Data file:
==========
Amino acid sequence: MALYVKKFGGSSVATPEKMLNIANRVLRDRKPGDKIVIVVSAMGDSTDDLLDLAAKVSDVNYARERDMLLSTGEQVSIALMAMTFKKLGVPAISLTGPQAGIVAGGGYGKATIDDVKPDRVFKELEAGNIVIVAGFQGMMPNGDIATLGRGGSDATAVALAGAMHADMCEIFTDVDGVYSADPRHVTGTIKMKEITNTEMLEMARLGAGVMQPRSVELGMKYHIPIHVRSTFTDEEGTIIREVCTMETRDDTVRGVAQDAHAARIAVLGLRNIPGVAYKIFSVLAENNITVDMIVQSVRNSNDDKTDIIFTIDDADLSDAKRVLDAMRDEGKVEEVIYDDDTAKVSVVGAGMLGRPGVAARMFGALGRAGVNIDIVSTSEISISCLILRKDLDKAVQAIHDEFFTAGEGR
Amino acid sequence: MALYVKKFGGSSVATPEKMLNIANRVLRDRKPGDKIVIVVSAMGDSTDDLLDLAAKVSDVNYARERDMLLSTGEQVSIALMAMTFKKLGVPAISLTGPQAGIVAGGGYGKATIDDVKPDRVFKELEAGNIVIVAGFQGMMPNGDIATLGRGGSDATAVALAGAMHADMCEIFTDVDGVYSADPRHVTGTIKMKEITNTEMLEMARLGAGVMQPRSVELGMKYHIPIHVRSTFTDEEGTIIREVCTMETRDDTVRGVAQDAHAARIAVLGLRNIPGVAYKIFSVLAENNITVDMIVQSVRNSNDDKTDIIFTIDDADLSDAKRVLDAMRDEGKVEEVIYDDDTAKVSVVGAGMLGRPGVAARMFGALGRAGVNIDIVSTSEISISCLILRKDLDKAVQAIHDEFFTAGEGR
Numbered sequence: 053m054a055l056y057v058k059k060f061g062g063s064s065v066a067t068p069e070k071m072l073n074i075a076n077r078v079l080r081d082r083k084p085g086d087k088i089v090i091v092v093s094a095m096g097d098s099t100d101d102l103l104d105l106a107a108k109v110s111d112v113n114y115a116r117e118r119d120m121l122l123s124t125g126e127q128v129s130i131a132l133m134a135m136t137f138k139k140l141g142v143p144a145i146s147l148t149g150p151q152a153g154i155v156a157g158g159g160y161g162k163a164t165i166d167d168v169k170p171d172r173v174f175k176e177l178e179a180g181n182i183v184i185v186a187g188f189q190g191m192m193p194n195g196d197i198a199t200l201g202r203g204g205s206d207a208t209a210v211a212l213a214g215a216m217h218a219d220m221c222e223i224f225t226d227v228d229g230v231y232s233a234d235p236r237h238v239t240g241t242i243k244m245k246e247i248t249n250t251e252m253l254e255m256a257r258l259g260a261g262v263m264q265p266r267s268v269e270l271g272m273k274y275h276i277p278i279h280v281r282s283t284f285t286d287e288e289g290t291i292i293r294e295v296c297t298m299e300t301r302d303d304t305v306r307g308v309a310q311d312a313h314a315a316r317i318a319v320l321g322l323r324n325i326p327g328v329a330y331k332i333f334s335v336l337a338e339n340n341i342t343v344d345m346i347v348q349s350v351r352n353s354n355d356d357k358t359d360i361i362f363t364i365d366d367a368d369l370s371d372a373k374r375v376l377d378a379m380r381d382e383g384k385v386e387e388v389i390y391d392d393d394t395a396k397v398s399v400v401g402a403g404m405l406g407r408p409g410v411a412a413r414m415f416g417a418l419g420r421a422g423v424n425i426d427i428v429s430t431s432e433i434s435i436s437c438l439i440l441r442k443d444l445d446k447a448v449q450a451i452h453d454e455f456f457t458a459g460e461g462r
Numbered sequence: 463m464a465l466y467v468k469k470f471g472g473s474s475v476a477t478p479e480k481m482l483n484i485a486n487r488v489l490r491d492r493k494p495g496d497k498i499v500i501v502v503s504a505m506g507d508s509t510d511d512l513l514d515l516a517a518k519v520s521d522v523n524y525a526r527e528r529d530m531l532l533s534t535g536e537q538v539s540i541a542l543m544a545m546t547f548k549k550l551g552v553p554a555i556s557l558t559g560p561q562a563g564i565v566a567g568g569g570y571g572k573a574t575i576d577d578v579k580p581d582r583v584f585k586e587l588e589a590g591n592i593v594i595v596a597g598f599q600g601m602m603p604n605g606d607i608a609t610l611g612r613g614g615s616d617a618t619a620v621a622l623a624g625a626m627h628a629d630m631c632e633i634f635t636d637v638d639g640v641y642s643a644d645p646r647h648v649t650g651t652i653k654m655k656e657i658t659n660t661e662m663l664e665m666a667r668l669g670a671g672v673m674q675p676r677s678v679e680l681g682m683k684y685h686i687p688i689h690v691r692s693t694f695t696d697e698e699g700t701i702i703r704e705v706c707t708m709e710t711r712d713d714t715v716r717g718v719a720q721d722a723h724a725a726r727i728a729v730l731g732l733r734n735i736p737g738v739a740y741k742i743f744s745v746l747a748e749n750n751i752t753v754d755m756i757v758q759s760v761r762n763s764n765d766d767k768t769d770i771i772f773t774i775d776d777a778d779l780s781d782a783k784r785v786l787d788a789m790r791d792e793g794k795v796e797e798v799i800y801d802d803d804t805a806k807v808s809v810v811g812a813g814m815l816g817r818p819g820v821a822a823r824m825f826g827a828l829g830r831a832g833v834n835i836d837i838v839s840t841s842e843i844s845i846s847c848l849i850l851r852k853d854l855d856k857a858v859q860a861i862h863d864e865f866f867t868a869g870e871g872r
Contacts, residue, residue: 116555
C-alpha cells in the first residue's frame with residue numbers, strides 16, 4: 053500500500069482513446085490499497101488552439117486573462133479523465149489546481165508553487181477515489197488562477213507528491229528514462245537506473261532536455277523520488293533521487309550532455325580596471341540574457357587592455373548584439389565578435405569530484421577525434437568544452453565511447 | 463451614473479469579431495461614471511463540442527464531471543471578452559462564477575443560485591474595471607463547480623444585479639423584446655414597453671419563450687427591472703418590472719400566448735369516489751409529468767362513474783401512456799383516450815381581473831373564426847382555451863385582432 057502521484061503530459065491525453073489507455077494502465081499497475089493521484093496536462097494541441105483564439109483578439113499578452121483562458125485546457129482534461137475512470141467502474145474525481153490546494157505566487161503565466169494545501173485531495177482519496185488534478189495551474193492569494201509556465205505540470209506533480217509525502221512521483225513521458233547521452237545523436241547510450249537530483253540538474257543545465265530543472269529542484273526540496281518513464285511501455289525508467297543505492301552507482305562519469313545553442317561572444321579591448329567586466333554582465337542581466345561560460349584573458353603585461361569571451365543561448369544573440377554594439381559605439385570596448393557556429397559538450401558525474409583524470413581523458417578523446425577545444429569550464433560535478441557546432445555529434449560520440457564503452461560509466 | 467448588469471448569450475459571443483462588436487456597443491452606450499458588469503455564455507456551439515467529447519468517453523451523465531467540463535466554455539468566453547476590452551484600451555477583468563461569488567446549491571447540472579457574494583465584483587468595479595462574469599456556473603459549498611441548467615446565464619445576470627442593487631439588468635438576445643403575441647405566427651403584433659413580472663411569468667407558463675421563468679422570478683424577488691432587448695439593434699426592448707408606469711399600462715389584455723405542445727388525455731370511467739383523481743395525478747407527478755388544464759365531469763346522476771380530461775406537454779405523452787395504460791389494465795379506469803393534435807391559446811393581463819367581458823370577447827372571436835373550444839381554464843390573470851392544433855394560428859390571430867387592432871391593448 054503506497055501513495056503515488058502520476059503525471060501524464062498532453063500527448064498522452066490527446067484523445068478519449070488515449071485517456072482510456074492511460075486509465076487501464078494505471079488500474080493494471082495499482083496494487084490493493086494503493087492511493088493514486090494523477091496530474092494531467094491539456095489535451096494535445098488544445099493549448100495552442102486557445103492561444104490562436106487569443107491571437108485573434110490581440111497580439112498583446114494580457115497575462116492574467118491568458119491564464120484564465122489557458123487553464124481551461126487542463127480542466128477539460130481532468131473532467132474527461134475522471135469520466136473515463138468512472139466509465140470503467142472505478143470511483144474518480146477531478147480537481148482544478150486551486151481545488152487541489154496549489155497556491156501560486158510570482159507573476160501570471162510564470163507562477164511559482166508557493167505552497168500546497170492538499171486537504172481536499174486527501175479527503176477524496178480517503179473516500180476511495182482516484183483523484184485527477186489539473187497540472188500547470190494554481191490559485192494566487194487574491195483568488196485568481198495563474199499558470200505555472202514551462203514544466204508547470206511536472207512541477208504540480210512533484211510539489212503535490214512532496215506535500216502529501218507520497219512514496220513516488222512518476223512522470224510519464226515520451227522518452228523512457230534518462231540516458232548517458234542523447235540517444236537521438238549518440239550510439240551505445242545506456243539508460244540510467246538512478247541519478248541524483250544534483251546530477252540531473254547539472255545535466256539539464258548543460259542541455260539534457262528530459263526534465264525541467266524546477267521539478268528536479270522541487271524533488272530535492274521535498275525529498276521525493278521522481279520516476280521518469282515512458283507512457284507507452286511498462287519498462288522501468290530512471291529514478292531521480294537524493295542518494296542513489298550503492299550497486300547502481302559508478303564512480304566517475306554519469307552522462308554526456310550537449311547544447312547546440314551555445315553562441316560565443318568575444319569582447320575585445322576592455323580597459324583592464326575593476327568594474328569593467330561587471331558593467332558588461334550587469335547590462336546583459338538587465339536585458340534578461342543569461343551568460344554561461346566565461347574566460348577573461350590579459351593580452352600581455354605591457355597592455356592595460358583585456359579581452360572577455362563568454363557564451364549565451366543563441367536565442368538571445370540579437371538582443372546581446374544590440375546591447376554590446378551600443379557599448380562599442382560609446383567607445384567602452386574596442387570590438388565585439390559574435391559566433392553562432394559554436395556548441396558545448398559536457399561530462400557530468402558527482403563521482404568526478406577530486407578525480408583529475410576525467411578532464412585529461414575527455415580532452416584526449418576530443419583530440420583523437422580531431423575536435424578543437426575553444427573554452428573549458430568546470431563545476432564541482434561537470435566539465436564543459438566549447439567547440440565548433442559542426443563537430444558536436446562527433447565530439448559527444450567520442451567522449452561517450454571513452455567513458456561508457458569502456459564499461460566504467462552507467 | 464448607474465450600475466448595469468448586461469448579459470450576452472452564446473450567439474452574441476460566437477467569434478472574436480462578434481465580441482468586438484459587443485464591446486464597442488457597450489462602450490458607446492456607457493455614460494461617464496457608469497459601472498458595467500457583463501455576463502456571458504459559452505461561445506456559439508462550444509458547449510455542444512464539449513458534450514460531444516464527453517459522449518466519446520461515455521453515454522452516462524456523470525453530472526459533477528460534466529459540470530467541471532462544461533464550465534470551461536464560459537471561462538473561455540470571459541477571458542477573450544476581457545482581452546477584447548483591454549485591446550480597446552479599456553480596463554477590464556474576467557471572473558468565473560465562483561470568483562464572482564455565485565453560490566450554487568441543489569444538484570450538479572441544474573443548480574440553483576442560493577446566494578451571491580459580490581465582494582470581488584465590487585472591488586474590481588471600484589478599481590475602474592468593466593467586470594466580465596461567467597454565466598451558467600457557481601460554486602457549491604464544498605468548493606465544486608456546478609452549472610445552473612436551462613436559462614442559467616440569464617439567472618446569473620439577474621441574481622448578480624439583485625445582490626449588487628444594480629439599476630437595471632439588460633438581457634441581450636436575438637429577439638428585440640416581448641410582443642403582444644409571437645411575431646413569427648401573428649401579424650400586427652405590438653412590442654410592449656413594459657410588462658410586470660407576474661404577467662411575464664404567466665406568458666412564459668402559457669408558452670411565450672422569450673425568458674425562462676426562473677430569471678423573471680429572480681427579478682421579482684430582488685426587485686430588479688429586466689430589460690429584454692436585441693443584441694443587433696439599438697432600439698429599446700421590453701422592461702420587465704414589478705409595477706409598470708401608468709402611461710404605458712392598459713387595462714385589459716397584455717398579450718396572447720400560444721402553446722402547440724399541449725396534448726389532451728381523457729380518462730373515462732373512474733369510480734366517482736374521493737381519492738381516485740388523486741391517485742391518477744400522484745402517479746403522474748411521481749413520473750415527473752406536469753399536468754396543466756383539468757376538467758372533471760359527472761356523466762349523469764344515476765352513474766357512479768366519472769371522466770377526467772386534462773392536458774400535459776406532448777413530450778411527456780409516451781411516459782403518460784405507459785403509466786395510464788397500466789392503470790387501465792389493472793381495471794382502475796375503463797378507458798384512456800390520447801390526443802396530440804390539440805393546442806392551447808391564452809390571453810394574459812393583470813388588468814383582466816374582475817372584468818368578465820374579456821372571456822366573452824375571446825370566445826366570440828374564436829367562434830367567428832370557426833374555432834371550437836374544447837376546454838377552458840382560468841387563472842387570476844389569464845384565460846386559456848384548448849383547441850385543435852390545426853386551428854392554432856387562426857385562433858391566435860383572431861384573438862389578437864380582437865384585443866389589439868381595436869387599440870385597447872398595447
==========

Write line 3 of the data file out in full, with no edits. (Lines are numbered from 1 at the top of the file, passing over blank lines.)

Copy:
Numbered sequence: 053m054a055l056y057v058k059k060f061g062g063s064s065v066a067t068p069e070k071m072l073n074i075a076n077r078v079l080r081d082r083k084p085g086d087k088i089v090i091v092v093s094a095m096g097d098s099t100d101d102l103l104d105l106a107a108k109v110s111d112v113n114y115a116r117e118r119d120m121l122l123s124t125g126e127q128v129s130i131a132l133m134a135m136t137f138k139k140l141g142v143p144a145i146s147l148t149g150p151q152a153g154i155v156a157g158g159g160y161g162k163a164t165i166d167d168v169k170p171d172r173v174f175k176e177l178e179a180g181n182i183v184i185v186a187g188f189q190g191m192m193p194n195g196d197i198a199t200l201g202r203g204g205s206d207a208t209a210v211a212l213a214g215a216m217h218a219d220m221c222e223i224f225t226d227v228d229g230v231y232s233a234d235p236r237h238v239t240g241t242i243k244m245k246e247i248t249n250t251e252m253l254e255m256a257r258l259g260a261g262v263m264q265p266r267s268v269e270l271g272m273k274y275h276i277p278i279h280v281r282s283t284f285t286d287e288e289g290t291i292i293r294e295v296c297t298m299e300t301r302d303d304t305v306r307g308v309a310q311d312a313h314a315a316r317i318a319v320l321g322l323r324n325i326p327g328v329a330y331k332i333f334s335v336l337a338e339n340n341i342t343v344d345m346i347v348q349s350v351r352n353s354n355d356d357k358t359d360i361i362f363t364i365d366d367a368d369l370s371d372a373k374r375v376l377d378a379m380r381d382e383g384k385v386e387e388v389i390y391d392d393d394t395a396k397v398s399v400v401g402a403g404m405l406g407r408p409g410v411a412a413r414m415f416g417a418l419g420r421a422g423v424n425i426d427i428v429s430t431s432e433i434s435i436s437c438l439i440l441r442k443d444l445d446k447a448v449q450a451i452h453d454e455f456f457t458a459g460e461g462r